Forget Not His Benefits (Part 3)


As I lay on the examining table on my side I might as well have been laying on the edge of a cliff. Teetering. One gust of wind and I would have toppled over. I stared at the wall as the doctor came in and offered me something to help me feel better. Yes, yes I wanted something. She was very firm with me when offering me an Ativan shot. It was a strong drug. I didn’t really care what they were giving me or how they would administer it I just wanted to feel like I wasn’t going to roll off the cliff anymore. I had been on the brink and was coming back to safety but I had no idea what to expect next so anything to help me roll farther away from that edge was something I was going to take.

The nurse came in and prepped me for a shot in my right hip. I didn’t even feel the prick. She couldn’t give it to me though because she aspirated blood and told me that if she had given me the shot it could have killed me. She had never, ever had a patient aspirate when she gave this shot. I told her that now she could really remember me but in the back of my mind I wondered if it wasn’t God telling me that maybe the shot wasn’t such a good idea. I slowly rolled over on to my other side and this time she was able to give me the shot. After about 20 minutes I thought I felt better but honestly I was so wiped out it was hard to tell.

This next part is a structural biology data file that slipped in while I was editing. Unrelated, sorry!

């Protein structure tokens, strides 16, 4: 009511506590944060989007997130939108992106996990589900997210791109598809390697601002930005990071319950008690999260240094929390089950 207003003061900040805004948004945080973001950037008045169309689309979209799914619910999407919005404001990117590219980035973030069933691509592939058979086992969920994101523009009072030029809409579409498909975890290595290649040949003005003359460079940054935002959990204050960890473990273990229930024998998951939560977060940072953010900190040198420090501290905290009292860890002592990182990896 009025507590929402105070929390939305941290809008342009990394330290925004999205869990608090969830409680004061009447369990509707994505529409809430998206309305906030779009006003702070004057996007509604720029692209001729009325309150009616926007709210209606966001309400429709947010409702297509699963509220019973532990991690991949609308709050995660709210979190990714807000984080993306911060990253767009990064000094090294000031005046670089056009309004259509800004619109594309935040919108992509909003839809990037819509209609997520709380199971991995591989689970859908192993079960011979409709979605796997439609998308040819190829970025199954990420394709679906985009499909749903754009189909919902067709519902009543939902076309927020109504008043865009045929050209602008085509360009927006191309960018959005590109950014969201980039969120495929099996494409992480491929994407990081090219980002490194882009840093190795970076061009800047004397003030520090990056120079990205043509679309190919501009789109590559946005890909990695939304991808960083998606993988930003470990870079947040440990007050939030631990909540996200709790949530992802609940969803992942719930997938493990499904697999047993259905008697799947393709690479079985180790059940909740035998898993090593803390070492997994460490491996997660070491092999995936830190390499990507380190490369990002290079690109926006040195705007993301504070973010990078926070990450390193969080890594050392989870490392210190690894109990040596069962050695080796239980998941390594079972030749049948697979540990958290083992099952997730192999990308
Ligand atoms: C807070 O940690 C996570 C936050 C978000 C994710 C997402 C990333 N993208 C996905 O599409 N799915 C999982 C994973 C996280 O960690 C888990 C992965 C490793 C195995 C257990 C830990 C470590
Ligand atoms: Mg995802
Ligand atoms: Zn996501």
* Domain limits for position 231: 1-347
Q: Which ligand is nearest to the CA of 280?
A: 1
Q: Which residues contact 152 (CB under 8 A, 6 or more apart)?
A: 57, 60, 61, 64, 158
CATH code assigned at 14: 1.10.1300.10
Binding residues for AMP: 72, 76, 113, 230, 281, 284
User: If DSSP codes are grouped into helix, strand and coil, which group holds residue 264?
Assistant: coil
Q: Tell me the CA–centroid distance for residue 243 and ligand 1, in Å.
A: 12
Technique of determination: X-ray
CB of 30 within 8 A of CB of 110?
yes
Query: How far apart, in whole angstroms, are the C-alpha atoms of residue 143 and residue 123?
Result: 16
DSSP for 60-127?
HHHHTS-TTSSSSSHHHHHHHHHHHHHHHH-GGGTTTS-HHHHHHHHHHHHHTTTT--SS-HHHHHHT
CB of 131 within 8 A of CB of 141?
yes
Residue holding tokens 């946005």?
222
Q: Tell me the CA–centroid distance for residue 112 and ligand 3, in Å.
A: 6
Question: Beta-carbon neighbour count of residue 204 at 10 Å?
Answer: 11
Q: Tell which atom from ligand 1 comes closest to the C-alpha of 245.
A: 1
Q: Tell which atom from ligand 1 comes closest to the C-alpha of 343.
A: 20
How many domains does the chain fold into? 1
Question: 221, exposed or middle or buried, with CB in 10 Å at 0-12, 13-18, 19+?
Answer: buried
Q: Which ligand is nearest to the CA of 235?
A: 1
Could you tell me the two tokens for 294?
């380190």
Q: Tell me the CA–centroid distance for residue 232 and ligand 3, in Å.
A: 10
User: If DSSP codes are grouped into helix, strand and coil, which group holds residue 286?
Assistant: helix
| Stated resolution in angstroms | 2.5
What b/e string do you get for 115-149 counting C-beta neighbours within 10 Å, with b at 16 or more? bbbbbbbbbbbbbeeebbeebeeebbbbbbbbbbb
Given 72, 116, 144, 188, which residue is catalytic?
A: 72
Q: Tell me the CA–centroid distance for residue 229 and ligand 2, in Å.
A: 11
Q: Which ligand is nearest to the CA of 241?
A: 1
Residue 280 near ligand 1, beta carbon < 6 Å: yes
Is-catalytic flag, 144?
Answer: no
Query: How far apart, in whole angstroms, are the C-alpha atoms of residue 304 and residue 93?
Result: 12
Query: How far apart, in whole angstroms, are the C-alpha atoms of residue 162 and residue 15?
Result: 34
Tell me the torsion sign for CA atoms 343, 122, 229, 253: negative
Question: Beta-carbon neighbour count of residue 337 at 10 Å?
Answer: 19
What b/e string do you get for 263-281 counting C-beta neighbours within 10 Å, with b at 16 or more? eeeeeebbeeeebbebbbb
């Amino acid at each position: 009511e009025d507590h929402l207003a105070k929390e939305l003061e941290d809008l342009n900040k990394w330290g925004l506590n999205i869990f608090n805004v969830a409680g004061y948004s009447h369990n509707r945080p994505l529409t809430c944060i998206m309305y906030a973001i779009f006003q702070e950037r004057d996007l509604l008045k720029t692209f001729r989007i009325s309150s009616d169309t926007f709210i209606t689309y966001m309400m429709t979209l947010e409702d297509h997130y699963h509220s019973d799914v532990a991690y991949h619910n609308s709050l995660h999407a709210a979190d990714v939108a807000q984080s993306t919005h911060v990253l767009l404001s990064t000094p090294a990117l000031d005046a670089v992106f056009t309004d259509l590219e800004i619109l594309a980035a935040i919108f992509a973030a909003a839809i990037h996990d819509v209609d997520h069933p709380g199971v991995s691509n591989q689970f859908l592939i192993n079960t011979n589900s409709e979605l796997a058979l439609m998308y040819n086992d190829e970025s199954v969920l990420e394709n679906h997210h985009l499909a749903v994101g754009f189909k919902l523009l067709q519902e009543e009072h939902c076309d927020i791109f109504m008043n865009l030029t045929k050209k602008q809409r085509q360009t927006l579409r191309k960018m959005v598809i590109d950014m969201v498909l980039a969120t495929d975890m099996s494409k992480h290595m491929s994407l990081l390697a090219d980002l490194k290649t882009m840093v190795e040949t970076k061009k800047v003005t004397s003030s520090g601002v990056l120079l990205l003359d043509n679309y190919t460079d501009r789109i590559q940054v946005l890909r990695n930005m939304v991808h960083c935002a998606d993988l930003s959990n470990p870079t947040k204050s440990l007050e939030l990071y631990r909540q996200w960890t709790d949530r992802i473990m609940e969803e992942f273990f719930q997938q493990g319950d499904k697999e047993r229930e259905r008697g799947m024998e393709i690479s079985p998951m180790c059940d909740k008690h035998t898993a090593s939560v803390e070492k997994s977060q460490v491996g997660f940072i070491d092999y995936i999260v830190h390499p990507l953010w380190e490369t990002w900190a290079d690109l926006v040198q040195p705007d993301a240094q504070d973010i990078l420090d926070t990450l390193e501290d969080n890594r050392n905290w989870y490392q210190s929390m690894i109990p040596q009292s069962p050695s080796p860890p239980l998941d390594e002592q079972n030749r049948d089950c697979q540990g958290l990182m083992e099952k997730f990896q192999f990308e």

They moved me into a wheel chair where I sat slumped. It was just at that time that my husband came into the room. I am sure he did not expect to see me in the state that I was in which was: a completely railroaded wife. He hid it well though; I have to give him that. He and a family member gently wheeled me out of the room and out into the waiting area past watching eyes. Everybody looked at me and I just looked back. I was too tired to care. My husband wheeled me out to the car and with the help of two people I was able to sit in the front seat. Then we headed for home. I only had an hour until the doctor appointment I had scheduled that morning and the hospital doctor strongly urged I keep that appointment. The shot wouldn’t last forever. She was only able to prescribe a few days of Ativan pills for me and it was my responsibility to follow-up with my doctor.